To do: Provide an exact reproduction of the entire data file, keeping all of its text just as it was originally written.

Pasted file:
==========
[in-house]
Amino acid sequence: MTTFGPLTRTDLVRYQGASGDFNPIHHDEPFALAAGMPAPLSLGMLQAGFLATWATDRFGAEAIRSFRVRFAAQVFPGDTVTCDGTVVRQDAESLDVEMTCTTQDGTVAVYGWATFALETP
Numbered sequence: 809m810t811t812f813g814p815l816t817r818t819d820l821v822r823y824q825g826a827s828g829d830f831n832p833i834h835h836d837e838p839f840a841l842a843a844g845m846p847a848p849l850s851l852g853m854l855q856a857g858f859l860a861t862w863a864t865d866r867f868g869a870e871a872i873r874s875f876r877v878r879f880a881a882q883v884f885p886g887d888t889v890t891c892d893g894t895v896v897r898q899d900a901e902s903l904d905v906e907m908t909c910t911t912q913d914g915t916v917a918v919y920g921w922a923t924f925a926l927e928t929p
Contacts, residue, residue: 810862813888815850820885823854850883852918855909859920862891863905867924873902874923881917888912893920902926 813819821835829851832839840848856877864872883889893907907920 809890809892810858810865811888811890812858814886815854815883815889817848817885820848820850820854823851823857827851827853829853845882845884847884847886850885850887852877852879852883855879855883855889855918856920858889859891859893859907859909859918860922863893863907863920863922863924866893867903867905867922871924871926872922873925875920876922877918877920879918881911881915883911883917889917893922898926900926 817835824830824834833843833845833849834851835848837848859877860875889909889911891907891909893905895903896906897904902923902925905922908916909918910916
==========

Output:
[in-house]
Amino acid sequence: MTTFGPLTRTDLVRYQGASGDFNPIHHDEPFALAAGMPAPLSLGMLQAGFLATWATDRFGAEAIRSFRVRFAAQVFPGDTVTCDGTVVRQDAESLDVEMTCTTQDGTVAVYGWATFALETP
Numbered sequence: 809m810t811t812f813g814p815l816t817r818t819d820l821v822r823y824q825g826a827s828g829d830f831n832p833i834h835h836d837e838p839f840a841l842a843a844g845m846p847a848p849l850s851l852g853m854l855q856a857g858f859l860a861t862w863a864t865d866r867f868g869a870e871a872i873r874s875f876r877v878r879f880a881a882q883v884f885p886g887d888t889v890t891c892d893g894t895v896v897r898q899d900a901e902s903l904d905v906e907m908t909c910t911t912q913d914g915t916v917a918v919y920g921w922a923t924f925a926l927e928t929p
Contacts, residue, residue: 810862813888815850820885823854850883852918855909859920862891863905867924873902874923881917888912893920902926 813819821835829851832839840848856877864872883889893907907920 809890809892810858810865811888811890812858814886815854815883815889817848817885820848820850820854823851823857827851827853829853845882845884847884847886850885850887852877852879852883855879855883855889855918856920858889859891859893859907859909859918860922863893863907863920863922863924866893867903867905867922871924871926872922873925875920876922877918877920879918881911881915883911883917889917893922898926900926 817835824830824834833843833845833849834851835848837848859877860875889909889911891907891909893905895903896906897904902923902925905922908916909918910916